And thus concludes my March


March was almost a total bust. I traveled for over half of the month for work and barely got any reading done during that time. Upon returning, I got the flu, which knocked me out for an additional week. I did ok with my March goals I guess. I finished 4/6 and am nearly done with the fifth book. I made very little progress in The Stand, so that one will carry into April. Good thing, April has two readathons: Spring into Horror and Dewey’s 24-hour readathon! I will again be hosting some social media hours in the Dewey’s Goodreads group, on the Dewey blog, and via the Dewey Twitter account. I hope to hear from you during that time and can’t wait to see how your April progresses. As usual underlined books represent books I own, Goodreads links are below the pictures, and spoilers are possible.

Books read: 6

Books listened to: 7

Total pages read (includes “pages” from audiobooks): 1997


Will Haunt You (Brian Kirk) ♠♠ and 1/2♠



This was an ARC I had been looking forward to since I got it in my mail (check out my full review here on my blog or on Goodreads). The premise is so damn cool: if you read this book, bad things will happen to you too. The narrator often breaks the fourth wall giving you ample warnings. The story is kinda chaotic and at times so unbelievable you find yourself wondering if any of this is real or if the narrator just has a very vivid imagination (or even hallucinations). You can’t trust anyone in the story. All of this should make for exciting reading. Sadly, I found myself more often than not confused and irritated. I couldn’t get to any mental imagery as the plot switched way too quickly at times. But more importantly, I couldn’t get to a point where I was even the slightest bit frightened that reading this book could be “dangerous” for me and thus I feel the novel missed its goal.

I recommend this book to anyone who loves a good meta-narration and who isn’t afraid of a lot of chaos with a side of horror. 


Sometimes I Lie (Alice Feeney) ♠♠♠



If there is such a thing as too many plot twist, this would be the book to represent it all. I mean don’t get me wrong, the narrator tells you right up front that sometimes she lies, but man, does she deliver on that. The plot grips you right away – why is Amber in a coma? Did her husband do it? Is he having an affair with her sister? Is Amber a bad person? I don’t want to say too much since you should discover each twist on your own. My humble opinion is just that there were too many, making the ending somewhat cartoonish. Plus, I am still not sure what the conclusion actually was. Like, what the f*** just happened? Did you just lie to me?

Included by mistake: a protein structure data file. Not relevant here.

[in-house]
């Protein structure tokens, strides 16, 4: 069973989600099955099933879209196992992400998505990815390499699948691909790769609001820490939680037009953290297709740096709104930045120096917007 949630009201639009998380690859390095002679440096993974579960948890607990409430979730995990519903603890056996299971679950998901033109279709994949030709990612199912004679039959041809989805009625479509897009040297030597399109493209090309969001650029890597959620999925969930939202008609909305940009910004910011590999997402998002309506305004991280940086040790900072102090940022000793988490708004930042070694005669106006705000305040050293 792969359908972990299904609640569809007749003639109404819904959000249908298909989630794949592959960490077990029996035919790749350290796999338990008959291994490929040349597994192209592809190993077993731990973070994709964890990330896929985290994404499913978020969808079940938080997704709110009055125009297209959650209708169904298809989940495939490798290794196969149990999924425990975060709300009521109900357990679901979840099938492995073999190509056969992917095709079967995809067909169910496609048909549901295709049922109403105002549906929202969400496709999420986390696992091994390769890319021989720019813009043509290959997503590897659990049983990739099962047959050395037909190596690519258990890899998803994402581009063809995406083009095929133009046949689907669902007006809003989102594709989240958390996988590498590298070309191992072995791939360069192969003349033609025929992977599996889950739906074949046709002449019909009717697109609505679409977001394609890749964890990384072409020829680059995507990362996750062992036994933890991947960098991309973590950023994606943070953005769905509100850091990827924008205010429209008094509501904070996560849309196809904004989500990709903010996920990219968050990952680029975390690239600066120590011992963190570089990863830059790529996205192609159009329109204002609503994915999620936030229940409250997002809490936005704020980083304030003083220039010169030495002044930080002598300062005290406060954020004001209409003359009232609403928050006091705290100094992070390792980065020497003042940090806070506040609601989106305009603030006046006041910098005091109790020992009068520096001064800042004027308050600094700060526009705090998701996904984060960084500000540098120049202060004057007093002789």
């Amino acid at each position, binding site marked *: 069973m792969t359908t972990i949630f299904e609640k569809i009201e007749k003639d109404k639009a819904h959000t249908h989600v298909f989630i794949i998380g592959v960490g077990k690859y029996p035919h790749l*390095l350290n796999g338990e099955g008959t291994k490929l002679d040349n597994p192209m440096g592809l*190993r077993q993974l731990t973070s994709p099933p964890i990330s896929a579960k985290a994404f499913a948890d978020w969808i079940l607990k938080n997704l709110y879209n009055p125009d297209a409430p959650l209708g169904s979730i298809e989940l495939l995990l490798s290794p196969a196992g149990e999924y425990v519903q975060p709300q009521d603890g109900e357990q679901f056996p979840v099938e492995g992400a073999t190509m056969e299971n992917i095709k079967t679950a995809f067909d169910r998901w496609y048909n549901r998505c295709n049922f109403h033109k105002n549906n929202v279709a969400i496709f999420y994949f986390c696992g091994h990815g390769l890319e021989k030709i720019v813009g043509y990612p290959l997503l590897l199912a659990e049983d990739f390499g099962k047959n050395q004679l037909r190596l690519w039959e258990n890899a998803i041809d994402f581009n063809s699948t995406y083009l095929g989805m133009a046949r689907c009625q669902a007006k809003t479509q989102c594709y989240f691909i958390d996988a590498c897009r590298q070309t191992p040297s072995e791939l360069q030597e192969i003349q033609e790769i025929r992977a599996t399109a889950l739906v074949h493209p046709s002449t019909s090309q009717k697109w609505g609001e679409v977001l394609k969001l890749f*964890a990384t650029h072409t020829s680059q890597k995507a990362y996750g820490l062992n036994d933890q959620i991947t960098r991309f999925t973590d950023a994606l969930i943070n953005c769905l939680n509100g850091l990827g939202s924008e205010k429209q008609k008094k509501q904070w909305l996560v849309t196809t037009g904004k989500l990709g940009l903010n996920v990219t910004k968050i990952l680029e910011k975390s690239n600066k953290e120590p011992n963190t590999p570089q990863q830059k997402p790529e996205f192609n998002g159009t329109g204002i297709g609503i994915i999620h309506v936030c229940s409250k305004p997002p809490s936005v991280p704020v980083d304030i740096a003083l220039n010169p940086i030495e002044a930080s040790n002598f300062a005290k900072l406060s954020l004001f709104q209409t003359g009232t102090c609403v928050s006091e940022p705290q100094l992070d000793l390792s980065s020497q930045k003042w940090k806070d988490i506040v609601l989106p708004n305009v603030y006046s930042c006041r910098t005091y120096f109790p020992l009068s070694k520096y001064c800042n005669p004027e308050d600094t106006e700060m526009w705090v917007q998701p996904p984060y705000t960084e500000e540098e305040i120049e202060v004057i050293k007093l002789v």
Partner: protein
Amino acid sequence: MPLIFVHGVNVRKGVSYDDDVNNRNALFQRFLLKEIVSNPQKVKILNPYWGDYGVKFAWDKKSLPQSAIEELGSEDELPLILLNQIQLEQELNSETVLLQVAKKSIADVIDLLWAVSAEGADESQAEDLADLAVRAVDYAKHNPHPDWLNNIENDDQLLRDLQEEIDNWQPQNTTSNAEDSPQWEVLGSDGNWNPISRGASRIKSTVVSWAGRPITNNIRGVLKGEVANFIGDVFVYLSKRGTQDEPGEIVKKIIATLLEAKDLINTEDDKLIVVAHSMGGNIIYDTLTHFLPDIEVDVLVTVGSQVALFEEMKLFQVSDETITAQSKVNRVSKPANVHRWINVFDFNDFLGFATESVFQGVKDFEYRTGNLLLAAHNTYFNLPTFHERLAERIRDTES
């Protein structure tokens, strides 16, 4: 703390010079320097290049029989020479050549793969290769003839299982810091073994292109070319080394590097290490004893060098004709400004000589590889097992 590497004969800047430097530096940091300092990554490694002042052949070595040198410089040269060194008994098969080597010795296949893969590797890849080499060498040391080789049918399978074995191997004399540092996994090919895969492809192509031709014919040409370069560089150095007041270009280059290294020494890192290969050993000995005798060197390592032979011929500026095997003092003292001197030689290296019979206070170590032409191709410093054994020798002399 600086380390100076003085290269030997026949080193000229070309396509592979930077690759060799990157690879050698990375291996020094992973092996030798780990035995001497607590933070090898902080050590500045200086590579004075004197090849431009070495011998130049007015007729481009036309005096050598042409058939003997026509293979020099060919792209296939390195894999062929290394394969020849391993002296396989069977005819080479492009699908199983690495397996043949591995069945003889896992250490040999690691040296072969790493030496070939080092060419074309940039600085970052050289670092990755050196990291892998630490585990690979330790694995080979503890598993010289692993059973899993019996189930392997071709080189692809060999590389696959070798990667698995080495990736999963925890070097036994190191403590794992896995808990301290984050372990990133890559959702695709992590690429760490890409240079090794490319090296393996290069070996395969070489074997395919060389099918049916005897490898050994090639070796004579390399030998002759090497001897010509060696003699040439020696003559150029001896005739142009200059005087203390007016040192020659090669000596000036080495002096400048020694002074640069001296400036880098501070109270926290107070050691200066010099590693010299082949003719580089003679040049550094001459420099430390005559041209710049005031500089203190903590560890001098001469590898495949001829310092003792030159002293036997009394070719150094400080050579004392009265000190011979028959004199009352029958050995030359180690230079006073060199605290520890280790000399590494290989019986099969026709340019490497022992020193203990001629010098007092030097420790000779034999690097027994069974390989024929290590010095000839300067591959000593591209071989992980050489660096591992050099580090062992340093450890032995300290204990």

If you like a fast thriller with an unreliable narrator and many twists and turns, I recommend this book to you.  


Legion (William Peter Blatty) ♠♠♠ and 1/2♠



This is the follow-up to The Exorcist, which, if you can recall, BLEW ME AWAY. Here, the detective Kinderman, who we met in The Exorcist, is the main protagonist working his way through a slew of murders that very much mimic the calling card of a long-dead serial killer. Blatty spends a lot of time on musings about religion and the mind during the first 2/3 of the novel. I quite enjoyed reading those ideas. There were several about the brain and neurons which we now know to be false believes but must’ve been novel hypotheses at the time he wrote this story. The pace of the plot really picks up during the last 1/3 of the book with a pretty big plot twist, which I definitely did not see coming. Some reviewers didn’t care for the meandering and slowness of Kinderman but to me, it evoked a sense of nostalgia. He reminded me of the show Columbo which I religiously watched with my grandma. All in all, this is a decent sequel to The Exorcist but definitely lacks Blatty’s superb writing style we see in the 40th-anniversary edition of the aforementioned book.